She saw ripples in the pond where her boy had gone in and then she noticed that the bear was looking at her. Its upper lip was curled. It had white on its chest, the shape of a diamond, but not perfect, a diamond being stretched, a diamond melting. She let the gun drop. She ran fast through the milkweed. The butterflies flew ahead of her. She ran past the bear. She dove into the water on top of the ripples made by her boy. She wanted to save him. She wanted to tell him he did not have to drown. She swam down, wishing she could call to him underwater, wishing she could see through the black silt. She had not taken a breath before she went down and she could not believe she did not need one. She thought for a moment how everyone must be wrong, there was no need to hold your breath underwater. She now knew it. She thought her boy knew it too. They had both found out a secret. She could stop thrashing about in the water now, looking for her boy. He would come up and out when he was ready. When she came to the surface she realized the pond was shallow. She was standing with the water only coming to her hip.

Her boy was on the other side of the pond. He was sitting on a large flat rock on the shore. He was holding something in his hand. The bear was watching them, his lip no longer curled. She walked to her boy while still in the water. It dragged her shirt sleeves and her pant legs behind her. She moved her hair away from her eyes.

The boy had mud in his hand that he had scooped from the bottom of the pond.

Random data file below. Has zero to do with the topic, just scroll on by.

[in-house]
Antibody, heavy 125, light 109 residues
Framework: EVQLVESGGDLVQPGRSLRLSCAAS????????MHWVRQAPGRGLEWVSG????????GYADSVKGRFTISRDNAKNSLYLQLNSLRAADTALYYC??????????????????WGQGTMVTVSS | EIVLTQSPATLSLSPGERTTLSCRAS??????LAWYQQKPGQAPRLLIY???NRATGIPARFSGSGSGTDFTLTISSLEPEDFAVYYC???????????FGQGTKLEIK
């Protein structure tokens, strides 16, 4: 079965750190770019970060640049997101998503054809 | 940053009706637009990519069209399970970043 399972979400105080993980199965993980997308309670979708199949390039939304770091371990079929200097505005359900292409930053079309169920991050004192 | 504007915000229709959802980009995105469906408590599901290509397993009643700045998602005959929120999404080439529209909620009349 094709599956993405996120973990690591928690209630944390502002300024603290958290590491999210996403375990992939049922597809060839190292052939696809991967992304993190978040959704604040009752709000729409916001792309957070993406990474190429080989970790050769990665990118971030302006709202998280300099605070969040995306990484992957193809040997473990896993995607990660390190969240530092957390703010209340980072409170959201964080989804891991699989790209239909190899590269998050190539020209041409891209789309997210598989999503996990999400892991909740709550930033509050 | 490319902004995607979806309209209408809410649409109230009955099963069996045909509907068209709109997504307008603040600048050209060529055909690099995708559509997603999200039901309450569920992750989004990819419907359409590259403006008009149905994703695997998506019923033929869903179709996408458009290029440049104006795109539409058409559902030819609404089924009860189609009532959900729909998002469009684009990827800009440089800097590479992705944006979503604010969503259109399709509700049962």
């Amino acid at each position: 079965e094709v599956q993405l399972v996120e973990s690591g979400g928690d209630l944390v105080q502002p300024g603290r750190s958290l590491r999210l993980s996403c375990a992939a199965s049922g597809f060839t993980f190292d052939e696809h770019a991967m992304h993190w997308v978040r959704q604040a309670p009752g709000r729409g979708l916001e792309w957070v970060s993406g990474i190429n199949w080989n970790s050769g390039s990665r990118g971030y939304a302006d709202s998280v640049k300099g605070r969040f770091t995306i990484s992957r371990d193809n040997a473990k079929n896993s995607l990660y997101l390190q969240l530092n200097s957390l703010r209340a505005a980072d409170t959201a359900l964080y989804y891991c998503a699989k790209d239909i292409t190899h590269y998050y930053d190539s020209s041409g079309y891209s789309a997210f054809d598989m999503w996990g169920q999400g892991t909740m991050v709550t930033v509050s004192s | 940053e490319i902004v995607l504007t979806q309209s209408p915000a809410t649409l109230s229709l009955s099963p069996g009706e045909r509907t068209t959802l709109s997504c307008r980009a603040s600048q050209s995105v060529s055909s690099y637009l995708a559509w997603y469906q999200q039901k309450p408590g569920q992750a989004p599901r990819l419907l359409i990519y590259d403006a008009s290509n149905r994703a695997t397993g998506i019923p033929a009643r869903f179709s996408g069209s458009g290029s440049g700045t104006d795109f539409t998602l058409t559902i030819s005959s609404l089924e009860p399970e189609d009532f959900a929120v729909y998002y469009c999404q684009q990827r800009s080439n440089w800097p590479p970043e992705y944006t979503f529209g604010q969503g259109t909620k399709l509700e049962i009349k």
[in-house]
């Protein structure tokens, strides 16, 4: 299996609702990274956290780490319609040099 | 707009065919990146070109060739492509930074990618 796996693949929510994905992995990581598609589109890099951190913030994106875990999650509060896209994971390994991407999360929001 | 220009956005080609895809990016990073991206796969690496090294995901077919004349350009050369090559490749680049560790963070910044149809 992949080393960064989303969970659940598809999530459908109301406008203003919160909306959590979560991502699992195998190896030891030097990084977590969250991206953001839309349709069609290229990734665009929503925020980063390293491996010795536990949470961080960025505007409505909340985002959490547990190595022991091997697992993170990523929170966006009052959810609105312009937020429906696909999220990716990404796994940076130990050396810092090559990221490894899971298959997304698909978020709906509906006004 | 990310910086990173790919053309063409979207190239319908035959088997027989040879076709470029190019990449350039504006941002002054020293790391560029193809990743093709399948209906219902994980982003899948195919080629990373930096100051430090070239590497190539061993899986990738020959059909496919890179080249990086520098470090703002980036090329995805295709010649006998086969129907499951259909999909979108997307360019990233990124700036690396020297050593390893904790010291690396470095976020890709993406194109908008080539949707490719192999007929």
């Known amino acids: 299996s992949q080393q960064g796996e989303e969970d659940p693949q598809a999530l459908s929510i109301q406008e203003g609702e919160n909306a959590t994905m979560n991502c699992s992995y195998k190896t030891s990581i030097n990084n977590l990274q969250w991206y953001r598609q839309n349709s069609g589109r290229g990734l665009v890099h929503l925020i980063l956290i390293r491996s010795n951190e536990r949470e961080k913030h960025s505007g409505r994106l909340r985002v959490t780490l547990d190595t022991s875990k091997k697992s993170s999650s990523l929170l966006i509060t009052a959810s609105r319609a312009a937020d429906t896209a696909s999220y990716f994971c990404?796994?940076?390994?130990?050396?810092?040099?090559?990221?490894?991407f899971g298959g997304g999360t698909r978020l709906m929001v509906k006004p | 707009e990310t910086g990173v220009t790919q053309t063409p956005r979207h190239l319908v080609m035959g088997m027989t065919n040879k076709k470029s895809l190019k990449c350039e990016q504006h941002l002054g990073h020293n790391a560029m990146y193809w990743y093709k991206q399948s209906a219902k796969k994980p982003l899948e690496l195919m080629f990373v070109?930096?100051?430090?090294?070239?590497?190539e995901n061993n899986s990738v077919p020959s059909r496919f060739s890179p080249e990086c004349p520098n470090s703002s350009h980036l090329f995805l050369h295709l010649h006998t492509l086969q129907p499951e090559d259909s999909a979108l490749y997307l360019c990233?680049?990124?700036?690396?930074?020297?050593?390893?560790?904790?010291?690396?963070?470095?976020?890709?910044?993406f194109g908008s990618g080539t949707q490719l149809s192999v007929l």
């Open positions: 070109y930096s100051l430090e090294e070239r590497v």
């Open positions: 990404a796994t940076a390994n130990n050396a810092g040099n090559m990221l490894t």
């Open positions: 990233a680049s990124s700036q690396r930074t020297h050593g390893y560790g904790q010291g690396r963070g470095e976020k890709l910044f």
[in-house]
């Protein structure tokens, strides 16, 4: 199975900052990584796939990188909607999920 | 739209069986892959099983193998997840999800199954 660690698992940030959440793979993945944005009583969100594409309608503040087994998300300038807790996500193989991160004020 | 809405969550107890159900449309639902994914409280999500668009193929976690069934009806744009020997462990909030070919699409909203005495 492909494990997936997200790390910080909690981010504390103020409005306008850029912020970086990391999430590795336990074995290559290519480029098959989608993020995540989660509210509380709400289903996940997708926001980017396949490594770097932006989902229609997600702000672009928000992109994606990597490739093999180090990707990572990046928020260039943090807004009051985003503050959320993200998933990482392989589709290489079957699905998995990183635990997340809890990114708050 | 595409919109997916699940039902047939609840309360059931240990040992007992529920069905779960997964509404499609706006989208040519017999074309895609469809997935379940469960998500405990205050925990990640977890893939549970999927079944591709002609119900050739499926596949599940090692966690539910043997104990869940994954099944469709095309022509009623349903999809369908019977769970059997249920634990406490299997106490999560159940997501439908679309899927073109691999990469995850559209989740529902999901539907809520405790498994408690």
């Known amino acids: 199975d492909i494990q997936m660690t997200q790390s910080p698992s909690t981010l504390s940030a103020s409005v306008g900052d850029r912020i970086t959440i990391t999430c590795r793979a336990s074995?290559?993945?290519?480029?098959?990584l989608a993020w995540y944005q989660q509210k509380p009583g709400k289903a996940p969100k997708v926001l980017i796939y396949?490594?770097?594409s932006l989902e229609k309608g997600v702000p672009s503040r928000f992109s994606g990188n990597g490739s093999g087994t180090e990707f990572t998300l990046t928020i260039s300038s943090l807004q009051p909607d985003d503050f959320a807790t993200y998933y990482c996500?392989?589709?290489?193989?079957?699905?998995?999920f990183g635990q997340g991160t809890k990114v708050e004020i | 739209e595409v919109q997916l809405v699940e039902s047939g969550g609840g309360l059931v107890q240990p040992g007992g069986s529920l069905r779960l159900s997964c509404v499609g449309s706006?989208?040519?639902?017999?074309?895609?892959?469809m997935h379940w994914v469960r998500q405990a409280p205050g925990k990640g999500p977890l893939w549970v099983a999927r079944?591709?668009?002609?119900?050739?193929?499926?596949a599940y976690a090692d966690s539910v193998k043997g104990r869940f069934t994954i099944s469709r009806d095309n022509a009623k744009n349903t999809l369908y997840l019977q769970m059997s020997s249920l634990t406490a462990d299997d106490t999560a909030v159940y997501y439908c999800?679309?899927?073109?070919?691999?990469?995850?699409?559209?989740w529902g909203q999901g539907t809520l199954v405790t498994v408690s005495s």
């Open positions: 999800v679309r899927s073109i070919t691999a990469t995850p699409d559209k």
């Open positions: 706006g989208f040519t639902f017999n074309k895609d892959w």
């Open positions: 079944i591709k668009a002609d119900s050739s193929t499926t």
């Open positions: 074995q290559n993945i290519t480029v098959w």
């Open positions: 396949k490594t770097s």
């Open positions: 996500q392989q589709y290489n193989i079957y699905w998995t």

“What’s that?” she said.

“Maybe some gold,” the boy said, moving the mud around and poking at it in his palm.

“Look over there,” the mother said, pointing to the bear. The bear turned and sauntered away.

“Yes,” said her boy. “I saw him ages ago. He likes the apples from our apple tree.”

That night she told the boy that maybe they had better not go on their trip to China after all. There was school to think about. The boy nodded. “All right,” he said.

She thought how she missed her husband. She thought how she would now miss him the way other women must miss their dead husbands. She would wear his shirts. Isn’t that what other women did? They took long walks and thought about their husbands and when they sweat the smell that came up to them was not the smell of themselves but the smell of their dead men?

 

Yannick Murphy

Yannick Murphy is the author of the novels The Sea of Trees, Here They Come, and Signed, Mata Hari, the collections Stories in Another Language and In A Bear’s Eye, and three children’s picture books. Her short fiction and non-fiction has been published in The Quarterly, Epoch, The Antioch Review, AGNI, one story, Conjunctions, McSweeney’s and the New York Times Magazine. She lives with her husband and three children in Vermont. This story was originally published in McSweeny’s No.18 in 2007 and reprinted with the permission of the author.